… is from page 123 of F.A. Hayek’s 1960 volume, The Constitution of Liberty  (emphasis added):
There can be little doubt, at any rate, that employment has become not only the actual but the preferred position of the majority of the population, who find that it gives them what they mainly want: an assured fixed income available for current expenditure, more or less automatic raises, and provision for old age. They are thus relieved of some of the responsibilities of economic life; and quite naturally they feel that economic misfortune, when it comes as a result of a decline or failure of the employing organization, is clearly not their fault but somebody else’s. It is not surprising, then, that they should wish to have some tutelary power watch over the directing activities which they do not understand but on which their livelihood depends.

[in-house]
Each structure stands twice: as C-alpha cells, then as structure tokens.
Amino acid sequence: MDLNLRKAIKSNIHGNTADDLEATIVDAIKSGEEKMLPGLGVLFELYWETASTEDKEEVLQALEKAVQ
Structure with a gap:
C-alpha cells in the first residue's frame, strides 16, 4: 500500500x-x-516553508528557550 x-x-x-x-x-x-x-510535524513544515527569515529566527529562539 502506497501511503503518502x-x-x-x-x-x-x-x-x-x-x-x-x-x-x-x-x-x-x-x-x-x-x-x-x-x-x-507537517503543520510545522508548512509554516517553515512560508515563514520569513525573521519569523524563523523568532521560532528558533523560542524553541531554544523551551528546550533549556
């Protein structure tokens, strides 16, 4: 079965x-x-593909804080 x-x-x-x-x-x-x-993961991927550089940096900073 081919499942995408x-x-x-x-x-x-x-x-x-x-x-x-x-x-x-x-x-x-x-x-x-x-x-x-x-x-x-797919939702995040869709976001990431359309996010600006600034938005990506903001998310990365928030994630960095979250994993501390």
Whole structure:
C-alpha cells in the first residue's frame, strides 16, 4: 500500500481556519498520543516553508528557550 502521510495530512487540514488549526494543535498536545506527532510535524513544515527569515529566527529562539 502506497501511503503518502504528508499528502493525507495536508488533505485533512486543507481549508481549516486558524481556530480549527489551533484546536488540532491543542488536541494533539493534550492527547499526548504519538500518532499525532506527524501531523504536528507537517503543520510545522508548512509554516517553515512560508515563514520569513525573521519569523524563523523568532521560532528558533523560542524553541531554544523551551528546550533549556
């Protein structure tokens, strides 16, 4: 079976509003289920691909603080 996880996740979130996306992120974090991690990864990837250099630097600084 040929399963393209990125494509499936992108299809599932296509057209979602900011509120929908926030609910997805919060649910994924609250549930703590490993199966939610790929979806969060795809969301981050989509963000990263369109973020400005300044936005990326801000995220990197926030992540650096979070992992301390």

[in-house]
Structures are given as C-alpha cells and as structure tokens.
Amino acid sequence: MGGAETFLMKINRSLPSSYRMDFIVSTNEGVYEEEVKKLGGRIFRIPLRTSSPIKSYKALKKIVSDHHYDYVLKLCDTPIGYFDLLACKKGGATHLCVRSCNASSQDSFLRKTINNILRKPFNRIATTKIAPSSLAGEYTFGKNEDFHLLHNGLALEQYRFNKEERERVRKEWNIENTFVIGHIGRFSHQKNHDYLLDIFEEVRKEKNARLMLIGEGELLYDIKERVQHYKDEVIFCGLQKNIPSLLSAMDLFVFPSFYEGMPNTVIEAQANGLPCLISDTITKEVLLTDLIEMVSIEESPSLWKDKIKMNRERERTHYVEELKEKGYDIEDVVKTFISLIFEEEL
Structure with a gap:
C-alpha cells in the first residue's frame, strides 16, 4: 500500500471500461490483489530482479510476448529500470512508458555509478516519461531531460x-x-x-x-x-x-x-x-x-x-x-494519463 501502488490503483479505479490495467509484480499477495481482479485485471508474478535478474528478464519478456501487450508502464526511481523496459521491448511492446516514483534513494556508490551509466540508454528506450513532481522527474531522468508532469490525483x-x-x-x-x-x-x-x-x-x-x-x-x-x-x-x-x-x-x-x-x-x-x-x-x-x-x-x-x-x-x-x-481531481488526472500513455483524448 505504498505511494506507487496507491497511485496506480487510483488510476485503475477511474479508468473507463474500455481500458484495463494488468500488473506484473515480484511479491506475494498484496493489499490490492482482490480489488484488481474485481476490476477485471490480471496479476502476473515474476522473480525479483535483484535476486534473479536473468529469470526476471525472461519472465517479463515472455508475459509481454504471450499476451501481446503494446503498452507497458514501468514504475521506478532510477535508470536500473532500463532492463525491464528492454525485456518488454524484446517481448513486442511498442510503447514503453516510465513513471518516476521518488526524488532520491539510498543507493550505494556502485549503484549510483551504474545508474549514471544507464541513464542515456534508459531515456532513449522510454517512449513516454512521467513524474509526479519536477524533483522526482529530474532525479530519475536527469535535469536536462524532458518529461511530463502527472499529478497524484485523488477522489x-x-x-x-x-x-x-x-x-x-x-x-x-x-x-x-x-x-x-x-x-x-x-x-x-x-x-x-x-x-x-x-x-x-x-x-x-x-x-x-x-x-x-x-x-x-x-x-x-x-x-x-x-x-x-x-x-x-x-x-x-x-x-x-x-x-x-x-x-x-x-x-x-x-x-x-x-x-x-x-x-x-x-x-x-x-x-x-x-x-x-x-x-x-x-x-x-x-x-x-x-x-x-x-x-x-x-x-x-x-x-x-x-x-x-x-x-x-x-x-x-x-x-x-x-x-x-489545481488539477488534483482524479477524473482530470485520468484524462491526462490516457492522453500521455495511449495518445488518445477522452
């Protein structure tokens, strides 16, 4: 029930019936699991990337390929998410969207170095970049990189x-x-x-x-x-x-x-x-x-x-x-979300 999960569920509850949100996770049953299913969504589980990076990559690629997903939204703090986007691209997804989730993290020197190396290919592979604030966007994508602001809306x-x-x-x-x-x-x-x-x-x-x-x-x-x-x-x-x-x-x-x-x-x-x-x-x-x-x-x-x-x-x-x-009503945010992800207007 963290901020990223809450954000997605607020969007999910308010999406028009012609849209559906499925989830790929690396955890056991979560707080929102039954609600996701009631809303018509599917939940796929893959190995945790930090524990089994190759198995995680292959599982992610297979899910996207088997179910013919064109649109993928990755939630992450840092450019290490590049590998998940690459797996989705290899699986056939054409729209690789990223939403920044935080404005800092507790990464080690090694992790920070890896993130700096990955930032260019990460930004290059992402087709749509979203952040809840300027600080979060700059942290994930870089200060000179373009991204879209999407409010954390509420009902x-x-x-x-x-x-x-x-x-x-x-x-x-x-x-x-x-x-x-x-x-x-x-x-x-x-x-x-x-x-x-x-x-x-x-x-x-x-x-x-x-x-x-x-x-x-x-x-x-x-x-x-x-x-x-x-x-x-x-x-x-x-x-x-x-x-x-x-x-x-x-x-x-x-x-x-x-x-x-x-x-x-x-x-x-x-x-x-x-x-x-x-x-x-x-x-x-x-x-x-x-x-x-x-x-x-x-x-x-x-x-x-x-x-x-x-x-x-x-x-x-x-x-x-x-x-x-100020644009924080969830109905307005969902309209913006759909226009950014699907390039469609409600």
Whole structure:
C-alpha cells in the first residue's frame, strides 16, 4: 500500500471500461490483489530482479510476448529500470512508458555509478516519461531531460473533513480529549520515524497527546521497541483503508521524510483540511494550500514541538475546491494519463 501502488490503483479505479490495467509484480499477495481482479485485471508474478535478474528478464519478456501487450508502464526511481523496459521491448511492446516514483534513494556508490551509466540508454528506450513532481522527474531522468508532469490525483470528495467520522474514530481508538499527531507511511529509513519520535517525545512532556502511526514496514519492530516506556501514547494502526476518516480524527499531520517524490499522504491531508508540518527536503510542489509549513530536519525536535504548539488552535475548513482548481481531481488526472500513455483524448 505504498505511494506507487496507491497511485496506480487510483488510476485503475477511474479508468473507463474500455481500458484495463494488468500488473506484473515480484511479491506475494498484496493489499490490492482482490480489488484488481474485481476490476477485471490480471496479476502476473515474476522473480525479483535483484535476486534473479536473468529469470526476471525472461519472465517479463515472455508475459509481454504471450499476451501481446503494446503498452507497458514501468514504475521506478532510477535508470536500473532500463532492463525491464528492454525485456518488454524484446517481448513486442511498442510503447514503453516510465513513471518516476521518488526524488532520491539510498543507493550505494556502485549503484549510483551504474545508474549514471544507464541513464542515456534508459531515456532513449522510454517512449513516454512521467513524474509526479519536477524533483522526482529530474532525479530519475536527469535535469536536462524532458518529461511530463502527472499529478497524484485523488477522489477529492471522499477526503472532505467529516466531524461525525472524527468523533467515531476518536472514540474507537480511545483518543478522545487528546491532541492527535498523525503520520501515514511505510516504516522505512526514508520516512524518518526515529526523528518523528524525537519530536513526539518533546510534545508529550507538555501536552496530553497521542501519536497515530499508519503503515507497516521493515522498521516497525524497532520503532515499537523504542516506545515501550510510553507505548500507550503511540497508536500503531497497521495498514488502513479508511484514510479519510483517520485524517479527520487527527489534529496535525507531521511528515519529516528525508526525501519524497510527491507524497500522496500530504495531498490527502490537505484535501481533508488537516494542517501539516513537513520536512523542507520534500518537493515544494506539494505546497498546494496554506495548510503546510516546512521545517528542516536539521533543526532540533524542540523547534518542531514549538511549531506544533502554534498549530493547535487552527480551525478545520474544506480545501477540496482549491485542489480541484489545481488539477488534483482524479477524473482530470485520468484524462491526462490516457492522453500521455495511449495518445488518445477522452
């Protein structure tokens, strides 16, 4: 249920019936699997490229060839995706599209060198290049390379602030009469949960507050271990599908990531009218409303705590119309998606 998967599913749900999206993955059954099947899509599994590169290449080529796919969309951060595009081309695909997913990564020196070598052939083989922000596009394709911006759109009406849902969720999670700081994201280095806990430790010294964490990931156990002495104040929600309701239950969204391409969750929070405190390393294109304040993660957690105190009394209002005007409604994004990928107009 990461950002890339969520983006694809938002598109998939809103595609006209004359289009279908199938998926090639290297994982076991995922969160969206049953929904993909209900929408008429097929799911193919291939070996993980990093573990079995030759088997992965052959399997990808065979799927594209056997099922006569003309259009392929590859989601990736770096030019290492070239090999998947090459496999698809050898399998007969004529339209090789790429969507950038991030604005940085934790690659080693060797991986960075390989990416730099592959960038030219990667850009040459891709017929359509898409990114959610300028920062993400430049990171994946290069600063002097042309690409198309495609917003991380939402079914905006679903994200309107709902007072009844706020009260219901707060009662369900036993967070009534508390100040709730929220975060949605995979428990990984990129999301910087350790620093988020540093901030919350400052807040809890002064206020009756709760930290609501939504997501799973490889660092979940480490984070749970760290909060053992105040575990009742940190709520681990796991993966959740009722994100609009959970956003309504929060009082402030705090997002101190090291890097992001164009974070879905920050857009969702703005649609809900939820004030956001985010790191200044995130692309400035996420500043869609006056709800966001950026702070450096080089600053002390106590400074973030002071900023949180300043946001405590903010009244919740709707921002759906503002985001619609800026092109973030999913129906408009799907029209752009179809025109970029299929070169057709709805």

Where this class predominates, the conception of social justice become largely adjusted to its needs. This applies not only to legislation but also to institutions and business practices. Taxation comes to be based on a conception of income which is essentially that of the employee. The paternalistic provisions of the social services are tailored almost exclusively to his requirements. Even the standards and techniques of consumers’ credit are primarily adjusted to them. And all that concerns the possession and employment of capital as part of making one’s living comes to be treated as the special interest of a small privileged group which can justly be discriminated against.